Posted on 17 Feb 2010
Regulators in three states have lifted a five-year-old prohibition on contingent commissions for some of the nation's largest brokerages in return for greater transparency on agent and broker compensation.
The attorneys general of New York, Illinois and Connecticut and the insurance departments of Illinois and New York agreed to amend the terms of settlement agreements entered into by Aon Corp., Marsh & McLennan and Willis Group Holdings that were put in place Jan. 1, 2005. The three firms, as well as Arthur Gallagher & Co., settled the cases involving bid-rigging in which agents were alleged to have steered business to the brokerages to receive additional compensation.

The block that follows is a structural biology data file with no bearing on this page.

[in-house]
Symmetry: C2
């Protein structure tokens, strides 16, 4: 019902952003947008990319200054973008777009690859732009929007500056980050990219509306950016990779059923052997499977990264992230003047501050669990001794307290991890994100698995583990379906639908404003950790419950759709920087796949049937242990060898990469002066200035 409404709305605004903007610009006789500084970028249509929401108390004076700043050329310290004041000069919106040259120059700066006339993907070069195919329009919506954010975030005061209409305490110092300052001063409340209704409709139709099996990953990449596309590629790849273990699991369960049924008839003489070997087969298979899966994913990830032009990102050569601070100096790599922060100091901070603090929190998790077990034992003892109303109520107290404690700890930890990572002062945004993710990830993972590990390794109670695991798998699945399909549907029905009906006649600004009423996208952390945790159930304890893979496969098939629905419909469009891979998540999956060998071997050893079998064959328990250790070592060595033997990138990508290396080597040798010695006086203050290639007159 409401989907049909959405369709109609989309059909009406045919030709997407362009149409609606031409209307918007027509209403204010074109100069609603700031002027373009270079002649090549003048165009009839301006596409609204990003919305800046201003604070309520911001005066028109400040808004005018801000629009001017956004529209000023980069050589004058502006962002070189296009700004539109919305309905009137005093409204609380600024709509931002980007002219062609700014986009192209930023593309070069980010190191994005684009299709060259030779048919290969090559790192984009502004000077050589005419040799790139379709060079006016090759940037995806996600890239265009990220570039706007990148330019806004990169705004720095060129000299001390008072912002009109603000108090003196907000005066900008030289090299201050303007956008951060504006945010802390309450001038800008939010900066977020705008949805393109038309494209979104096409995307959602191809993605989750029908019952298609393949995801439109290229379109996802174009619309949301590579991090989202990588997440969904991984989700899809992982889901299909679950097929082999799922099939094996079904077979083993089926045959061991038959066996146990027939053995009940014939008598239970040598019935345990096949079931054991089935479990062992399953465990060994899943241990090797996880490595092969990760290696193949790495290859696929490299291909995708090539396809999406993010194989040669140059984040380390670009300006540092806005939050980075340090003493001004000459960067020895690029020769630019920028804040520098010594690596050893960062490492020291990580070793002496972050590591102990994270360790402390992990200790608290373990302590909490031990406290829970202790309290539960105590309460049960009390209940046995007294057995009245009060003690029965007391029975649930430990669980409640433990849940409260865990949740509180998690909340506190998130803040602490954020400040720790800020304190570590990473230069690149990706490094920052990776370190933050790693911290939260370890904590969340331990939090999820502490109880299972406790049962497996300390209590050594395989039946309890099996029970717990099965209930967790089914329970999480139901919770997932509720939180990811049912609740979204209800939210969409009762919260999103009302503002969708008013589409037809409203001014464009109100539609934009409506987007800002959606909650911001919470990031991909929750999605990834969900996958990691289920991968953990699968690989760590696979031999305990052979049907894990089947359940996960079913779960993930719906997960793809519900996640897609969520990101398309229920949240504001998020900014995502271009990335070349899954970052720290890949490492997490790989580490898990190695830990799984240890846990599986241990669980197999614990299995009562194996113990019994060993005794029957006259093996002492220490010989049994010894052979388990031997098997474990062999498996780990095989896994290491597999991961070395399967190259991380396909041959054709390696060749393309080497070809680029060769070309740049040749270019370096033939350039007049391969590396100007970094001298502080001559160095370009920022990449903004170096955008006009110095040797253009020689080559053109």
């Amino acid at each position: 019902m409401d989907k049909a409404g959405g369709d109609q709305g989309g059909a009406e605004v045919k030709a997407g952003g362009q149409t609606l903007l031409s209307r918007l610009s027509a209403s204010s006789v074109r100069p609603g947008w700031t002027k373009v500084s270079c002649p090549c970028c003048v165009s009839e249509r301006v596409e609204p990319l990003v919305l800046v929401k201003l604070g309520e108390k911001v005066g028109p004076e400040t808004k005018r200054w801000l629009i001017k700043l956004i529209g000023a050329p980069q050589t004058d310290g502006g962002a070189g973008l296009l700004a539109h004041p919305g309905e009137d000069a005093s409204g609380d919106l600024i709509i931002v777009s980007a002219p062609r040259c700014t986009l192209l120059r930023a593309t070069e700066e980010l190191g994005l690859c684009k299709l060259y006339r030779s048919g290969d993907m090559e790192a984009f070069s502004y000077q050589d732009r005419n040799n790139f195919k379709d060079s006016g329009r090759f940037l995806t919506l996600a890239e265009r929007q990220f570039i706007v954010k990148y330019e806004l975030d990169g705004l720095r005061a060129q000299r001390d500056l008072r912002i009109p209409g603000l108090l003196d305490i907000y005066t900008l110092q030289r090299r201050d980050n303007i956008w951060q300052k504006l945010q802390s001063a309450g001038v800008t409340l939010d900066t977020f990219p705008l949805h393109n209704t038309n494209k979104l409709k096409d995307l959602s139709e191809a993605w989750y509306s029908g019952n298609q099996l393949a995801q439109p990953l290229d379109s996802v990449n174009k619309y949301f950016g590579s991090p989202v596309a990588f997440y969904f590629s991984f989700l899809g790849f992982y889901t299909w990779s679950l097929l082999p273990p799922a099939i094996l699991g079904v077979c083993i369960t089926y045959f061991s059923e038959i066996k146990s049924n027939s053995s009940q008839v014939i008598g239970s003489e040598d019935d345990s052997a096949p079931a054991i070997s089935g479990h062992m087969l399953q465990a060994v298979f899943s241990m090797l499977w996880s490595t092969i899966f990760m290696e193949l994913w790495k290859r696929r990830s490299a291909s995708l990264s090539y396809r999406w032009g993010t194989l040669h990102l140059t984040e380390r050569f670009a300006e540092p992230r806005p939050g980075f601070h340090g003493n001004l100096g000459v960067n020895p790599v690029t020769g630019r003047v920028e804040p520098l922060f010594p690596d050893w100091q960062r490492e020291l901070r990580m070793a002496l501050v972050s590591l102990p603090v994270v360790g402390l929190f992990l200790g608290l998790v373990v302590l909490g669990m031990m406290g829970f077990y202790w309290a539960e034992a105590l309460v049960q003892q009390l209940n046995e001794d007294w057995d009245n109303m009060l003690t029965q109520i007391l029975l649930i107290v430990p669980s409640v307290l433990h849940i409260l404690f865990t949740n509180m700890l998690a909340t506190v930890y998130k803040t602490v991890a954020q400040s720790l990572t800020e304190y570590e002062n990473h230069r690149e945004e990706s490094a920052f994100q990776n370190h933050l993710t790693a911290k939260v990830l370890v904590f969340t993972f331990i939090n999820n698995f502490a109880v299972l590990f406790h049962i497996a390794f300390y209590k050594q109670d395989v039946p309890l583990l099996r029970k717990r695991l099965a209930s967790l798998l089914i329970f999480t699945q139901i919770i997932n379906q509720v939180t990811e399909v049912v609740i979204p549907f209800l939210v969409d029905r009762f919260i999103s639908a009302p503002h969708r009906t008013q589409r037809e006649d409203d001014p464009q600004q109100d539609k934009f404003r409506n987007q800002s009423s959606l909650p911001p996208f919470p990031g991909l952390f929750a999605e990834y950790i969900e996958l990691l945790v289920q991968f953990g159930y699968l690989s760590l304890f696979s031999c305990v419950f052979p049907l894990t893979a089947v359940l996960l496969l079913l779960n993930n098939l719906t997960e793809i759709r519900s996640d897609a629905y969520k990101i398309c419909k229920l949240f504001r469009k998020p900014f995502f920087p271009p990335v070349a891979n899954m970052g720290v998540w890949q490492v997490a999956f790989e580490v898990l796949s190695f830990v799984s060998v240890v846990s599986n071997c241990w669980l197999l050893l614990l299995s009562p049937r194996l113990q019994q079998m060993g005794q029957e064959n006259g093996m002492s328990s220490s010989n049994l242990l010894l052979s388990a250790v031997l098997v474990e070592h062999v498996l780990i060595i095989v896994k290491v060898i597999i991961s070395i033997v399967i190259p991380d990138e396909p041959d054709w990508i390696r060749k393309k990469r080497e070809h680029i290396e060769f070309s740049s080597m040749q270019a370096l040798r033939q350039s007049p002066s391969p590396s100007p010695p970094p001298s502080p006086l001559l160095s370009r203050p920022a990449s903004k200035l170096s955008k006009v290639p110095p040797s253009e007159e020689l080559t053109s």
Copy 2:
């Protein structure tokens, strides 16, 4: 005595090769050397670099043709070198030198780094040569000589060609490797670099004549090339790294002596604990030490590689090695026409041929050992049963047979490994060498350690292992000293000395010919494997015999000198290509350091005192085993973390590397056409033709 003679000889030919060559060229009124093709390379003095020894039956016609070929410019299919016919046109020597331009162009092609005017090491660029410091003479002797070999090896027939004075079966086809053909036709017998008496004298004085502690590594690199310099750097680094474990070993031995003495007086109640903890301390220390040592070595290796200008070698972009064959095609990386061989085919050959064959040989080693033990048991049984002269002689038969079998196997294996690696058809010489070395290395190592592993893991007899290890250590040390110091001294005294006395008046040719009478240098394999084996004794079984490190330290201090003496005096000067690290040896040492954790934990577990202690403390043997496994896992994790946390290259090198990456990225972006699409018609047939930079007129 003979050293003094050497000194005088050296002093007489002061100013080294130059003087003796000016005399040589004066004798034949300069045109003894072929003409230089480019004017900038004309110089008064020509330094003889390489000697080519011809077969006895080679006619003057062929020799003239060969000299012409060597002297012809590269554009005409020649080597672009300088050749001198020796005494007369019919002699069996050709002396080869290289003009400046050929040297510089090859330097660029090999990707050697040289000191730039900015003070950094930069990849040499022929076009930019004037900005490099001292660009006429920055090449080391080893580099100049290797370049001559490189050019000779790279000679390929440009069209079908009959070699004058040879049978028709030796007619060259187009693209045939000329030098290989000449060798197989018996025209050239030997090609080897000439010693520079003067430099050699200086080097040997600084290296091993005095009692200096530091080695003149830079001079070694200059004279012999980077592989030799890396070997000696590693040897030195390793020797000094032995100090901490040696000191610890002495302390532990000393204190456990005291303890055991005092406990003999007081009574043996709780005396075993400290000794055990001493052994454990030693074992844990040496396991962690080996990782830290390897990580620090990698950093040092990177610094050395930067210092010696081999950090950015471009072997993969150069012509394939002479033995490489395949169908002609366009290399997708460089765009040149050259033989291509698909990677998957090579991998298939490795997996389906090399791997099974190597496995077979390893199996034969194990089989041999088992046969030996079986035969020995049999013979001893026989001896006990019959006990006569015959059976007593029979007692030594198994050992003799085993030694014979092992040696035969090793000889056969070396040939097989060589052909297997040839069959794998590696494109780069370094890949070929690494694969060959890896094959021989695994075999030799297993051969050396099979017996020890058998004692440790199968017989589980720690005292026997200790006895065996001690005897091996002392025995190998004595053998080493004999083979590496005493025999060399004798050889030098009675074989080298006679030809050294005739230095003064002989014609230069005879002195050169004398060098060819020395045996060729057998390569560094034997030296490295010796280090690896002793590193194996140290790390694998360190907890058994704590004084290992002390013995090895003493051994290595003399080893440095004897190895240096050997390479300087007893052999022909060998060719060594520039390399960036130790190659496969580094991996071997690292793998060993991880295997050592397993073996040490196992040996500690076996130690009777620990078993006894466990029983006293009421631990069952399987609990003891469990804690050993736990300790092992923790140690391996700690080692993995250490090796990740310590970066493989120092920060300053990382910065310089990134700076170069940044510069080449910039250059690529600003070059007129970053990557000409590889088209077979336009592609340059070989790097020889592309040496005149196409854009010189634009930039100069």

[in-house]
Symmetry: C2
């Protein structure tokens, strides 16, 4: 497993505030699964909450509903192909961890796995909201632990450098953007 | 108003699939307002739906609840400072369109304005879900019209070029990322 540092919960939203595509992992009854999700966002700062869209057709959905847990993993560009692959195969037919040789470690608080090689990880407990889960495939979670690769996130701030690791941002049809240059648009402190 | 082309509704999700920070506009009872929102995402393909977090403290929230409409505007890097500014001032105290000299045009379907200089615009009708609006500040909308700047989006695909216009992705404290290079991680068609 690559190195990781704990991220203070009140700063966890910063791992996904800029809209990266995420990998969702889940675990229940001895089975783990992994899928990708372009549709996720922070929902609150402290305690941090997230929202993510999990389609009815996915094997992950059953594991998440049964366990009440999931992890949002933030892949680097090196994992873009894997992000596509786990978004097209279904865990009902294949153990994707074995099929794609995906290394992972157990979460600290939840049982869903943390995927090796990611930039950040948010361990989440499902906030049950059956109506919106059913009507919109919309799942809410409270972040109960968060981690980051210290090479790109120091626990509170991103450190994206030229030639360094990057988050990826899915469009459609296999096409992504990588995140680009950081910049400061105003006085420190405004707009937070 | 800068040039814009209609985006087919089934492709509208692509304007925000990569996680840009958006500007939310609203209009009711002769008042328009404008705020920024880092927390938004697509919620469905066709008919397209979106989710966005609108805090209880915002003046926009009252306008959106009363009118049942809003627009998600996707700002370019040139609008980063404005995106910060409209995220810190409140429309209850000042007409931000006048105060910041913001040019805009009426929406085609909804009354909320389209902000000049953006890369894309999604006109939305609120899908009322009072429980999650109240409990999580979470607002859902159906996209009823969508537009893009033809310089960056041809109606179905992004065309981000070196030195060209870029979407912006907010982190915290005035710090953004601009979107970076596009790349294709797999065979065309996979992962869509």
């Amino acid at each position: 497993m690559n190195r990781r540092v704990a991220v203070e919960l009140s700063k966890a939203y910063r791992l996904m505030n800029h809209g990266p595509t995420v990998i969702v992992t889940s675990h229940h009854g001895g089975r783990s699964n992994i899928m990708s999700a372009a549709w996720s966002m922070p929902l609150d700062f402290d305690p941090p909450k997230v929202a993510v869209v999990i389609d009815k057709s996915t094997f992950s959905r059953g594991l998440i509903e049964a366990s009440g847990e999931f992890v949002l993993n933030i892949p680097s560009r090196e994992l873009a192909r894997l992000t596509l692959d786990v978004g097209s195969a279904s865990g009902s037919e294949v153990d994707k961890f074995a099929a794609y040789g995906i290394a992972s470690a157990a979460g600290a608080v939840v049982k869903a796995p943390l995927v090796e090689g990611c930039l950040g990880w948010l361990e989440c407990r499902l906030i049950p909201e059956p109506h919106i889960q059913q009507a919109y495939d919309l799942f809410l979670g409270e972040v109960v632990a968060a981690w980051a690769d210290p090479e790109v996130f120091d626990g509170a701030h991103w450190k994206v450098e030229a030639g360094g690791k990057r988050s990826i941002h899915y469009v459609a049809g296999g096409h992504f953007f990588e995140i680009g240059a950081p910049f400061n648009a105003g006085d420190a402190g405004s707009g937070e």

Late last year, Gallagher reached a deal with Illinois officials to lift the ban, leading to speculation that the other agreements, negotiated by former New York Attorney General Eliot Spitzer, would soon be abolished.
The new deal requires the three firms to provide, in all 50 states, compensation disclosure to purchasers that complies at a minimum with a proposed commission disclosure rule in New York, effective immediately, as well in compliance with rules in any of the other states, according to officials. The New York rule does not go into effect for other firms until next year.
Earlier this week, Joseph Plumeri, chairman and chief executive officer of Willis Group Holdings, said his firm would not go back to the practice of contingent commissions and in a statement, Aon’s top executive, Greg Case, was not as direct, simply saying the firm supports “clear and consistent disclosure” of compensation.